Ukraine

Harvest potential smaller by one third

Due to the war, it is highly likely that crop prospects will be significantly lower....
IMAGO / Panthermedia
Due to the war, it is highly likely that crop prospects will be significantly lower....

In the meantime, it is becoming increasingly clear to what extent the harvest in Ukraine is likely to shrink due to the consequences of the war. The willingness of farmers in the non-occupied territories is great to carry out the cultivation as completely as possible despite the difficult conditions.

However, according to Deputy Agriculture Minister Taras Vysotsky, field work is currently being slowed down by post-frost, lack of inputs, and regionally also mined terrain. ProAgro Group Deputy General Director Maria Kolesnyk expects that up to 30% of Ukraine's arable land will be out of production this year due to the war or, in the case of winter crops already sown, cannot be harvested. Against this background, the main harvest is likely to reach at best 70% of the "normal" level of previous years.

Kolesnyk advises concentrating available resources of fuel, seed, and fertilizer in non-contested regions so that a timely seeding campaign can be conducted there. In addition to the regional shortage of inputs, the ProAgro deputy director believes that the lack of skilled workers is one of the most pressing problems facing Ukrainian agriculture. In this context, however, the Ministry of Agriculture pointed out that compulsory military service could be paused upon request in the event of indispensability on agricultural holdings.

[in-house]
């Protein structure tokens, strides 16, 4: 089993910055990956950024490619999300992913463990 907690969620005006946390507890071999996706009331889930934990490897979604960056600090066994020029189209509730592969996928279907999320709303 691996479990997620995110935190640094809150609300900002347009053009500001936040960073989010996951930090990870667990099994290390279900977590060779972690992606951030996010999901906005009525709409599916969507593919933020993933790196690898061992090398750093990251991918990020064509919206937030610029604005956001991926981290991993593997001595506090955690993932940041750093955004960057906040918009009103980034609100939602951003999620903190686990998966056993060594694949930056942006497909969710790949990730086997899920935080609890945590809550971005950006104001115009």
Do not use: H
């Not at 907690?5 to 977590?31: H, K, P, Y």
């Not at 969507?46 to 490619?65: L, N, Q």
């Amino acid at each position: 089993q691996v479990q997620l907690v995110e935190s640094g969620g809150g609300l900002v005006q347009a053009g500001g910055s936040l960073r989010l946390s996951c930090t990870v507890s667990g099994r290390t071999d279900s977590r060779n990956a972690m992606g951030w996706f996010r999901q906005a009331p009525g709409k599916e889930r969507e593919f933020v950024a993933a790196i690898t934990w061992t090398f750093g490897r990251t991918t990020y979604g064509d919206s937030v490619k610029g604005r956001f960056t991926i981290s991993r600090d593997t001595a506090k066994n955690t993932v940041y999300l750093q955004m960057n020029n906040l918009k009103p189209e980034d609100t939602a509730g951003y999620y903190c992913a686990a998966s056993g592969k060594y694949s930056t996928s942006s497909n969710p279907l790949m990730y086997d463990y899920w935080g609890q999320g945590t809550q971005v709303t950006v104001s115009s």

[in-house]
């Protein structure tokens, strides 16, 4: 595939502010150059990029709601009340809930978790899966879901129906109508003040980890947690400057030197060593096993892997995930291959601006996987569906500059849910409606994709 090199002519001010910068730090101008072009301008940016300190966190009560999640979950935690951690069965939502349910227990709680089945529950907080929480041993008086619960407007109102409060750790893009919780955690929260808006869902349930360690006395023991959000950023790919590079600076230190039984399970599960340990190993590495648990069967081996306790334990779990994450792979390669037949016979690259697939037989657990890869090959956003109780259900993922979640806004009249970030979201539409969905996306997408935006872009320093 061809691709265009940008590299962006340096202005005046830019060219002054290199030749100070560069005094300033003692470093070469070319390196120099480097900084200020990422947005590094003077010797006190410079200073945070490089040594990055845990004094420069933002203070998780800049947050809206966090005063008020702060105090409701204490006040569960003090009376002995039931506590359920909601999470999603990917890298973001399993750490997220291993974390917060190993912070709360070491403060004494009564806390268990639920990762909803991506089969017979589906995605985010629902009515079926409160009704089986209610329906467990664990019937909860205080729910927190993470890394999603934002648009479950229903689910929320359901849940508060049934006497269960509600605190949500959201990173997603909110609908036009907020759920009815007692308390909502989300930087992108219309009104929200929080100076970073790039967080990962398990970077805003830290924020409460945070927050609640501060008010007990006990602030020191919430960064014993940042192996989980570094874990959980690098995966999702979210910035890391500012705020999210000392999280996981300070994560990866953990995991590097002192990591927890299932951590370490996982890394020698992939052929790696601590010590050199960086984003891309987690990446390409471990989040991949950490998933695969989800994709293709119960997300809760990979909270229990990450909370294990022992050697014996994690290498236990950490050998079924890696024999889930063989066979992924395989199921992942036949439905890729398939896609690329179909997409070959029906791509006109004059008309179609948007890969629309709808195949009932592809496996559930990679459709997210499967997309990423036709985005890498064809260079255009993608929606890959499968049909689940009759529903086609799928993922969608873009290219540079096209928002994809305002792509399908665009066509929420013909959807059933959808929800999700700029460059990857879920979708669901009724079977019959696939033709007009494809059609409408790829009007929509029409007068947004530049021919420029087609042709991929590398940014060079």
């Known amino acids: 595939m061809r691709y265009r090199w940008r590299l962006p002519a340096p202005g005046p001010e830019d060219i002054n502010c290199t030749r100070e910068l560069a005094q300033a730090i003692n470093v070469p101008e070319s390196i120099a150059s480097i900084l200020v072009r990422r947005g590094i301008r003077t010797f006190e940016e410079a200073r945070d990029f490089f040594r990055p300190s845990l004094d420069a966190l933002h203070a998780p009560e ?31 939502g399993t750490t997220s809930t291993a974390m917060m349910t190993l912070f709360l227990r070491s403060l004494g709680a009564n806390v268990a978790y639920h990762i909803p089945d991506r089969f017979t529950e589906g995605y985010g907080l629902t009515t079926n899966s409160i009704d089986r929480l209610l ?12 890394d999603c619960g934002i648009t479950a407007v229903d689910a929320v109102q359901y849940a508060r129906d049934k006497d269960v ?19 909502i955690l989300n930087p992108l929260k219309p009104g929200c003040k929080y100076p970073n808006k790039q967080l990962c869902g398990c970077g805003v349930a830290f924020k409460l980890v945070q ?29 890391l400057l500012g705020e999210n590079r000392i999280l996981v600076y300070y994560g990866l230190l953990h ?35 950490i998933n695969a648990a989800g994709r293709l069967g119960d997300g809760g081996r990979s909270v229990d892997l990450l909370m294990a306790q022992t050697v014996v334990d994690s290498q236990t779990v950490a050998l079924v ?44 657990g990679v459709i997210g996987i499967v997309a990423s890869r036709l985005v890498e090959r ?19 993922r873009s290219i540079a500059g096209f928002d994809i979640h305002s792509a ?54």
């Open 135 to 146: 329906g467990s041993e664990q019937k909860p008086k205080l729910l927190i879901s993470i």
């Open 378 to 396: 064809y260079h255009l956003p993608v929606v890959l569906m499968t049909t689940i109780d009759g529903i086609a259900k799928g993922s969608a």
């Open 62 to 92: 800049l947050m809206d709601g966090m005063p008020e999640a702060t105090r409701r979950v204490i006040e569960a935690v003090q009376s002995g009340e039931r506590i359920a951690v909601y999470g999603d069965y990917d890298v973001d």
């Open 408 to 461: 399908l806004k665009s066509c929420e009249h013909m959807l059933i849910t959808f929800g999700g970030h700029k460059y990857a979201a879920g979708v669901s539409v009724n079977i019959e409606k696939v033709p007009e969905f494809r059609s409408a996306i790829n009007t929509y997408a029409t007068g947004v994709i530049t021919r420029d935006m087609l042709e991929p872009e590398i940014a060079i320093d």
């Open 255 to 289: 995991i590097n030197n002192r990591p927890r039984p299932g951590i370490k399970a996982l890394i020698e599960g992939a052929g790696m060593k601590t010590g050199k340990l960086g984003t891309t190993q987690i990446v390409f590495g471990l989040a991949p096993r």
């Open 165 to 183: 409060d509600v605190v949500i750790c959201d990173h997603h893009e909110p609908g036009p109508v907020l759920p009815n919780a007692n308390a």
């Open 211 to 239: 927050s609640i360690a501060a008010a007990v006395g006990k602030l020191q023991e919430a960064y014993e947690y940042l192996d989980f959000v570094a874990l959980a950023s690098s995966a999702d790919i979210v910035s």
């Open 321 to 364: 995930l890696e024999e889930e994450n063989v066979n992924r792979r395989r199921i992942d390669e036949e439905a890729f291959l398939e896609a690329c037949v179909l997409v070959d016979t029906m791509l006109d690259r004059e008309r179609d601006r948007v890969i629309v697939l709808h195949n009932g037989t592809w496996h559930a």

Regardless of how the summer harvest turns out, however, Ukraine faces enormous problems even if the war ends soon, according to ProAgro market analysts. With the ports blocked or destroyed, it is completely unclear how the country will be able to export significant quantities of grain and oilseeds to other countries.

According to Volodymyr Lapa of the Ukrainian AgriBusiness Club, companies and the government are currently working feverishly on alternative transport routes. One possibility, he said, is to expand deliveries by rail to the west. However, the capacities there are foreseeably insufficient to compensate for the up to 5 million tons of grain or oilseed grains that would otherwise be exported by sea each month. Lapa estimates that a maximum of 1 million tons of goods can be shipped out of the country by rail. AgE

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